Devon Bookert countered with 18 points for Florida State (15-12, 7-7 ACC) while freshmen Phil Cofer and Xavier Rathan-Mayes both added 13. Cofer also had nine rebounds.

    For the most part this game was incredibly even on paper but two categories were the difference. Despite shooting a slightly lower percentage from the line, the Seminoles made eight more free throws than the Eagles. The ‘Noles were also an uncharacteristic 8-of-12 (66.7%) from beyond the 3-point arc while BC was 3-14 (21.4%).

    Game Notes

    • Adding to the free throw angle, FSU put up a free throw rate of 68.2 versus just 32 for BC. That metric measures how often a team gets to the line.
    • This game marks the 234th win for coach Leonard Hamilton at Florida State. With three more win this season he’ll pass J.K. Kennedy to become the winningest coach in Seminole history.
    • Olivier Hanlan scored 32 points for the second consecutive game, repeating his double-overtime outing against Miami.

      #4 Duke 92 #15 North Carolina 90 OT

      There was a classy moment by Duke during the pregame to honor the late Dean Smith who died last week at the age of 83. Among his many accomplishments Smith defeated Duke 59 times during his legendary career, more than any other coach.

      After that, we were treated to a classic iteration of the blue blood rivalry with Duke ultimately pulling out a two-point squeaker in overtime.

      The Blue Devil backcourt came up huge in this one with Quinn Cook and freshman Tyus Jones both finishing with 22 points. Jones added eight assists and seven rebounds while Cook played the entire emotionally-charged 45 minutes (Tyus played all but two minutes). It was Jones who really sparked the comeback for Duke with big plays in a timely fashion.

      UNC’s big men played terrific for the lighter shade of blue with both Brice Johnson and Kennedy Meeks scoring 18 points. Johnson finished with 12 rebounds as well, and his fouling out near the beginning of overtime was a big blow to the Tar Heels.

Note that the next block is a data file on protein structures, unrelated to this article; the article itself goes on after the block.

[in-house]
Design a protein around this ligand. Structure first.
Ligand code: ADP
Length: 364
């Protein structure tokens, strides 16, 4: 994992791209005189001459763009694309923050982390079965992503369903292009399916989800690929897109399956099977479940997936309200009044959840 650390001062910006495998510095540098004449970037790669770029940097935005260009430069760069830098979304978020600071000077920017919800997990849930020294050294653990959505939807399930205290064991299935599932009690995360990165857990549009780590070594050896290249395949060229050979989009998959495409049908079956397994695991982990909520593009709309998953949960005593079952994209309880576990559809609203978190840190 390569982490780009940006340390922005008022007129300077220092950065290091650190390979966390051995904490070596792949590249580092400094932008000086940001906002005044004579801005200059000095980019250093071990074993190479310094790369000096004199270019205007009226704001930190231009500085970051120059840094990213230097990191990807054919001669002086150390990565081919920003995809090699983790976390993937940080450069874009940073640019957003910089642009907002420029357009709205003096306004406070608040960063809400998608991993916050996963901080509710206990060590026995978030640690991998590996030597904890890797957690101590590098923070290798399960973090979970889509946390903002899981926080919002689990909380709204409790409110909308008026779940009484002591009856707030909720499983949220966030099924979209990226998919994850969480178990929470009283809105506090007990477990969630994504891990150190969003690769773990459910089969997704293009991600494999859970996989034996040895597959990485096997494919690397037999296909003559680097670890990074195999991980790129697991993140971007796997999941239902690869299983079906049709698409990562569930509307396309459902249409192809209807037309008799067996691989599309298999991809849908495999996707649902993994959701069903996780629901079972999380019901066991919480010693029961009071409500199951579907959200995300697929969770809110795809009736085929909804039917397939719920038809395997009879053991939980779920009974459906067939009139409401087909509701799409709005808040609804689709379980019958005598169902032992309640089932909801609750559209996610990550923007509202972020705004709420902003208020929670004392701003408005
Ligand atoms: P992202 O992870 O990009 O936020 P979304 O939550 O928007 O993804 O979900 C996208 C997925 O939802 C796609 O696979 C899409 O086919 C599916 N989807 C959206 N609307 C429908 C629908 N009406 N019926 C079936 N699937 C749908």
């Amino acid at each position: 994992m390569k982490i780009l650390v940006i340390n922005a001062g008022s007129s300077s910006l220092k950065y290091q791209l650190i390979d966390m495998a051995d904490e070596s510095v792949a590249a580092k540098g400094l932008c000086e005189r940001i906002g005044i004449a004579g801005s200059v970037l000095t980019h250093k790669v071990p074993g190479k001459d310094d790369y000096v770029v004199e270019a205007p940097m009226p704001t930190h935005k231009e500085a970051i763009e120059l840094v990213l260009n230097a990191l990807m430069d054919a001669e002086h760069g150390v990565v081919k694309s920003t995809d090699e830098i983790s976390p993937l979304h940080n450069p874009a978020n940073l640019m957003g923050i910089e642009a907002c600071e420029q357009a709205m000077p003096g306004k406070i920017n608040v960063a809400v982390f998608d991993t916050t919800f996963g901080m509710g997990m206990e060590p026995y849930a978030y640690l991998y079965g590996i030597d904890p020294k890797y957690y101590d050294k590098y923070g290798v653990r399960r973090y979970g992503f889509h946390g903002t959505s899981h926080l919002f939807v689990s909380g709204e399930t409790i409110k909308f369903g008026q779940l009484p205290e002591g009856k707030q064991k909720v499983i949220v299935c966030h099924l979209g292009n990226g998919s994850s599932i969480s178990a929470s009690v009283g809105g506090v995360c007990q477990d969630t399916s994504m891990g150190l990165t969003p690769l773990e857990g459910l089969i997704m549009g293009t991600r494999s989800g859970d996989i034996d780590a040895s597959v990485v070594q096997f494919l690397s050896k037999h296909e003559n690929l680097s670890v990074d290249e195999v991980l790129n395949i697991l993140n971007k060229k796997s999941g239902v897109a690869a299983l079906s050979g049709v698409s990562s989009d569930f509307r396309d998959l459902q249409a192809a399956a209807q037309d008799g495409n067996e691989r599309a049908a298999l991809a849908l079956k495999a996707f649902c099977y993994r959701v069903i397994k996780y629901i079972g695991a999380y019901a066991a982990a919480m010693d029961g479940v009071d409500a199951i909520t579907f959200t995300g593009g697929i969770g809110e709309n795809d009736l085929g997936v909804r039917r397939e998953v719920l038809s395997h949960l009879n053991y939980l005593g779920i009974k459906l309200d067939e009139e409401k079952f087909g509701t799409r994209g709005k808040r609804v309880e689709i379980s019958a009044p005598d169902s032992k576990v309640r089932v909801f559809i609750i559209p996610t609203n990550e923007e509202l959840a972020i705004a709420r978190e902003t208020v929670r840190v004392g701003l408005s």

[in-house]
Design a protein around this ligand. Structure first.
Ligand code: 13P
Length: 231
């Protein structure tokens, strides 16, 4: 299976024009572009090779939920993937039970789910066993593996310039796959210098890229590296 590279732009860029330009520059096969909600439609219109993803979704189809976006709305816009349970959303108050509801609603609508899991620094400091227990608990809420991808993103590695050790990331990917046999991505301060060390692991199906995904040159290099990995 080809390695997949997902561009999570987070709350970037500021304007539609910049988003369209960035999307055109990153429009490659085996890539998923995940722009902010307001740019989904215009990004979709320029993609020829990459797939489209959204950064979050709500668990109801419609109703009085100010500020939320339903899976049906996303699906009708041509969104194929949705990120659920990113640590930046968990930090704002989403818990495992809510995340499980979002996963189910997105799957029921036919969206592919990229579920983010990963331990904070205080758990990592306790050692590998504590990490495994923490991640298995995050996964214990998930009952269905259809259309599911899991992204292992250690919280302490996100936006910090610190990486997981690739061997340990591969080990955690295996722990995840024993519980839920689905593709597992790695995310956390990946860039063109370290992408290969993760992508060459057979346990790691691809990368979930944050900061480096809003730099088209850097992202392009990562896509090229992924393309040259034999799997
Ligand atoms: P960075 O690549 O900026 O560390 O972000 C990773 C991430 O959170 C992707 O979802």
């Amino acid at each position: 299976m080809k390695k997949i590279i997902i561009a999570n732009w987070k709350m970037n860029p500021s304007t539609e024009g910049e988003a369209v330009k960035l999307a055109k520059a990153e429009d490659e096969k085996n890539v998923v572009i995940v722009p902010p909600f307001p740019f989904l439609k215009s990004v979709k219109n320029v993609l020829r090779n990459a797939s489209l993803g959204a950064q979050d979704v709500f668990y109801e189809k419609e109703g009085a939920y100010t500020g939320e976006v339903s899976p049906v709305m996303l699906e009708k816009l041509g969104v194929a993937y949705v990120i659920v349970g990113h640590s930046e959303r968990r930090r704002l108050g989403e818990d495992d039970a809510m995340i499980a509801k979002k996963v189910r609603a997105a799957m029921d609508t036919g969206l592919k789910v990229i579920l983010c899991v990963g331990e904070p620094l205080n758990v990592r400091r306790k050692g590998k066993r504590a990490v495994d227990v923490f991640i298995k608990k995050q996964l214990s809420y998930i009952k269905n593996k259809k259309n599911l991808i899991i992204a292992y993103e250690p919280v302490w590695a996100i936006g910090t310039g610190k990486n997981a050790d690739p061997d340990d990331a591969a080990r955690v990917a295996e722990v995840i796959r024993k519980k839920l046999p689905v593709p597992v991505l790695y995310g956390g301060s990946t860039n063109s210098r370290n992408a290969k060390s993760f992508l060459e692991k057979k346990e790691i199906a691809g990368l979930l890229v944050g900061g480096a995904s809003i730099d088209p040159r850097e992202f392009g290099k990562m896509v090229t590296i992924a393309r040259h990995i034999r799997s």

The Duke guards did a fine job on defense as well, locking down Carolina guard Marcus Paige and holding him to just five points, five rebounds and three assists.

      As part of the victory celebration, Duke students set the quad on fire (as is tradition) because…college.

      Game Notes

      • Duke shot an incredible 10-of-16 (62.5%) while North Carolina made just 2-of-10 from outside.
      • Fantastic freshman Jahlil Okfor posted 12 points and a game-high 13 rebounds despite badly rolling his ankle near the end of the first half.
      • Over the last 88 meetings, the both schools have won 44 times. Duke has outscored Carolina 6,817-6,809 during that same span.
      • It’s the 73rd meeting when both teams were ranked with Duke now holding a 37-36 advantage in that scenario.
      • For the first time in 35 years Dick Vitale wasn’t on the call for Duke-UNC on ESPN’s coverage. Instead, viewers got the even-keeled analysis of Jay Bilas who I maintain would make a fine President of the NCAA as he’s a huge critic of how they do things.